“When Heidi got home she said – ‘you have to decide,’ ” recalled Vesco.



On Sunday night, Vesco returned to the NEVC. There he made the very difficult decision to have Iko put down.


“I spent time with Iko, petting him,” Vesco said, “When I looked into his eyes – I knew. I left his badge with him.”


Iko was never quite the same after the two were in their cruiser and hit by a drunk driver three years ago, said Vesco.


It was in 2008 that Vesco had to say farewell to his first K-9 partner, his beloved Jag passed away not long after retirement. On the day of Jag’s passing, he was visiting the Windsor Public Safety Complex and on-duty officers formed an honor guard when the K-9 was carried out of the building. However, Vesco went alone with Jag to the veterinarian.


“There I was with Jag, all alone in my uniform. I knew I couldn’t go through that again,” Vesco said.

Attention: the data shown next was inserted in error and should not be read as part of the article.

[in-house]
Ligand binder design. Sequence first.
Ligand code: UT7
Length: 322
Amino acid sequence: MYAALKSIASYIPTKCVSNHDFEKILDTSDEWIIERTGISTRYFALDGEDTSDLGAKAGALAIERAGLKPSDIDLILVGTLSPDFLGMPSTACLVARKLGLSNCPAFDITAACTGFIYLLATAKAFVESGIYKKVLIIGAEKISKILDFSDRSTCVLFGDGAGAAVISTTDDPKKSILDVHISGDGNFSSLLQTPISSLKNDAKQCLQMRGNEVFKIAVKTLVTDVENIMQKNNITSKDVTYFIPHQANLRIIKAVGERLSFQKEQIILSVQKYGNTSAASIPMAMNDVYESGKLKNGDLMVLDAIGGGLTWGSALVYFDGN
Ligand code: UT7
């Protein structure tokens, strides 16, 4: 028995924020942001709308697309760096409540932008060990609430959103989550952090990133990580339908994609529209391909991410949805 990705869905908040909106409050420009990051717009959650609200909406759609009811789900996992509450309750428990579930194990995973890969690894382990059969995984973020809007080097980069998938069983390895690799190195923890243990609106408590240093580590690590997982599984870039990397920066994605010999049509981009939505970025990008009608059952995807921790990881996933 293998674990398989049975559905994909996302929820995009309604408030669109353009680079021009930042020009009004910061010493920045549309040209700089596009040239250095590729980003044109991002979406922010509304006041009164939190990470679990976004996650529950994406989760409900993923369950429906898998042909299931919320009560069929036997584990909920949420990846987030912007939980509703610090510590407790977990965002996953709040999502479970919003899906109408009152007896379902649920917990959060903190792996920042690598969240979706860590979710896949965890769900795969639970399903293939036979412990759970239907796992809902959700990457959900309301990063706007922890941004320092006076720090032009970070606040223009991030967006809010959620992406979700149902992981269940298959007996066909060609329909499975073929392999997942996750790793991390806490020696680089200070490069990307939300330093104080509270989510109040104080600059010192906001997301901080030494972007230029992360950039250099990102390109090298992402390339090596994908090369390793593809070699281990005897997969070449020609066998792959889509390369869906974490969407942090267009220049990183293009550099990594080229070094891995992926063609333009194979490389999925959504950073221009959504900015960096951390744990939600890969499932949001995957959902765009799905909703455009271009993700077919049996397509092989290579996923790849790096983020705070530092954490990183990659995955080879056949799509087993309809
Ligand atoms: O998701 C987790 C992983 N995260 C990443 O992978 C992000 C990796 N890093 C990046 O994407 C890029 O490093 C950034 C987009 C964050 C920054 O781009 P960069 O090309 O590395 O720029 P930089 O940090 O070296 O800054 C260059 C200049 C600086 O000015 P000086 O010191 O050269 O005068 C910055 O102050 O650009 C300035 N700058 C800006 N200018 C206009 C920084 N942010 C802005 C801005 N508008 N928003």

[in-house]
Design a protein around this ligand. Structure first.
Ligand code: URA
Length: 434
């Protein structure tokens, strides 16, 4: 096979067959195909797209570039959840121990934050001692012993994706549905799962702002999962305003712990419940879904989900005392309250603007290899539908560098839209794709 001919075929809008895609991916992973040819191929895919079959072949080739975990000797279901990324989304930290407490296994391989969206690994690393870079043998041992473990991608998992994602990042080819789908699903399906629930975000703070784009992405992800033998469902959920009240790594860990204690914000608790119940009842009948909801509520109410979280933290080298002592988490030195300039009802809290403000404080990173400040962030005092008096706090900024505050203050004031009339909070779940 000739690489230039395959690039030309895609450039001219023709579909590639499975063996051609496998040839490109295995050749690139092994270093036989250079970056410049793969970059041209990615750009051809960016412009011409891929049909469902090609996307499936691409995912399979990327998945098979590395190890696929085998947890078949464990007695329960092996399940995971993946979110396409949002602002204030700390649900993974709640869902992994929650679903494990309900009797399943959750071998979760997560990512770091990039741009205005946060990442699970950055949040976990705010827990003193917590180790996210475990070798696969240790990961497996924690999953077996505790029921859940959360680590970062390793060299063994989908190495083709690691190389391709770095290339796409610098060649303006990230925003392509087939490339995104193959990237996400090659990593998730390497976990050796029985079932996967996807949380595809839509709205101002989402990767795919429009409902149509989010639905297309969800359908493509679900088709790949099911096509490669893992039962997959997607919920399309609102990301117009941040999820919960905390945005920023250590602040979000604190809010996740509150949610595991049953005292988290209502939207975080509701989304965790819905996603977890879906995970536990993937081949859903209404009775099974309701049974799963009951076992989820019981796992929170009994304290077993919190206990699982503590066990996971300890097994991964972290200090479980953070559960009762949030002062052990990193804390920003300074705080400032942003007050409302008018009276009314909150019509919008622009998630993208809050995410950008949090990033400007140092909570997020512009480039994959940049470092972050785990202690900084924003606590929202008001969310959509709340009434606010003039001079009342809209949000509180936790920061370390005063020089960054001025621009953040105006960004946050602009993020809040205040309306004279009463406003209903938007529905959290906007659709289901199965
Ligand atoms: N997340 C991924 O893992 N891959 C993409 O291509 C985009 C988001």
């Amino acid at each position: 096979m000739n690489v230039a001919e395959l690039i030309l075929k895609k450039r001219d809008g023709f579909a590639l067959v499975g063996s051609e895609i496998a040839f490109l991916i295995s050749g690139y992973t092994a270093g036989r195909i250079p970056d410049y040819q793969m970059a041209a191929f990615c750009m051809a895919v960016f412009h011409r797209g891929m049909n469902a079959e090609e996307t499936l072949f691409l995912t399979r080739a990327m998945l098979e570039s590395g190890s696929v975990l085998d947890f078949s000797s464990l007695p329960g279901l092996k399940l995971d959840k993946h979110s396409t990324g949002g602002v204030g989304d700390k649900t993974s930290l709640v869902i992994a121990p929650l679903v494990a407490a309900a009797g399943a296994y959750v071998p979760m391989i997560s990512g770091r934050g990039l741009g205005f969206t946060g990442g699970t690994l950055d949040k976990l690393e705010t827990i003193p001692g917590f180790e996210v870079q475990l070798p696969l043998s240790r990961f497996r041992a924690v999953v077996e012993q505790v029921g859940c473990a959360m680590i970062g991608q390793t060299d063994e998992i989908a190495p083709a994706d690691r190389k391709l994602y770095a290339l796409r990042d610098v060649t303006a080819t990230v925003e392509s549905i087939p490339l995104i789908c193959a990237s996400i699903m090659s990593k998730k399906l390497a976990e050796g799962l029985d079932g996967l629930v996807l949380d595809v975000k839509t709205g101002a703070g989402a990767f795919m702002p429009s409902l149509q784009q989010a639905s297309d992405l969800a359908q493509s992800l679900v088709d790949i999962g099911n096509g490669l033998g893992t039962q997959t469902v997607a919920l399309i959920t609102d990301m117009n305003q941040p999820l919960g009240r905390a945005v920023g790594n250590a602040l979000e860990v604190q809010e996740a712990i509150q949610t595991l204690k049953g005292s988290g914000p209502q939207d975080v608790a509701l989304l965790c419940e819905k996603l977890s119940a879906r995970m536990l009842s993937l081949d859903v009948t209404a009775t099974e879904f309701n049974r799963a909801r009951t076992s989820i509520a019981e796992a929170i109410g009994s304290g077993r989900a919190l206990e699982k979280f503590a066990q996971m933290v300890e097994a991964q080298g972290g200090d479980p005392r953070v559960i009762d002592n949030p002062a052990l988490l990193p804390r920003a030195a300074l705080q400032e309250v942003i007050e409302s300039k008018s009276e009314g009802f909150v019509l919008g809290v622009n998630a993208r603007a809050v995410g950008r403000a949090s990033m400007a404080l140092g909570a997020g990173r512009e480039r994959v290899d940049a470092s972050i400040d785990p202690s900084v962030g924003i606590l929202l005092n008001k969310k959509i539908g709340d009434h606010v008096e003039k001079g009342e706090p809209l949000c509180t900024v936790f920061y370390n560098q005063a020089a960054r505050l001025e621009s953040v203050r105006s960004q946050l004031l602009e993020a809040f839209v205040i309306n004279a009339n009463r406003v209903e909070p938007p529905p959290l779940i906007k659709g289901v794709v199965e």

So, on Monday morning he called over to the police station to let them know Iko was going to be put down. With gratitude apparent in his voice, Vesco added, “Fifteen emergency responders came.”



Iko was brought outside NEVC on a stretcher. Among those joining Vesco Monday morning to say good-bye was Sgt. John Simon, a fellow K-9 handler who lost his longtime K-9 partner Kane in 2015. Kane was 16-years-old and had been retired for three years when Simon had to have him euthanized. It remains uncertain whether or not a memorial service will be held for Iko. There had been discussion of holding one for Kane which has not yet materialized, so Vesco said, any memorial would be a remembrance of both K-9 Kane and K-9 Iko. He said it may be left at the good-byes already exchanged.



New England Veterinary Center.



Vesco emphasized he is extremely appreciative for the calls of condolences that have been coming in, and added he simply cannot put into words how much it meant to have the big turnout from the Windsor community for a fundraiser in February 2017 held to pay towards the medical costs that had accrued for Iko. It was earlier in February that Iko was retired. As well, Vesco expressed appreciation to his bosses at the Windsor Police Department for their understanding. He said his family and friends have been supportive. Having gone through such a loss with him not once, but now twice – it has been an especially emotional experience for his wife, step-son and daughter, noted Vesco.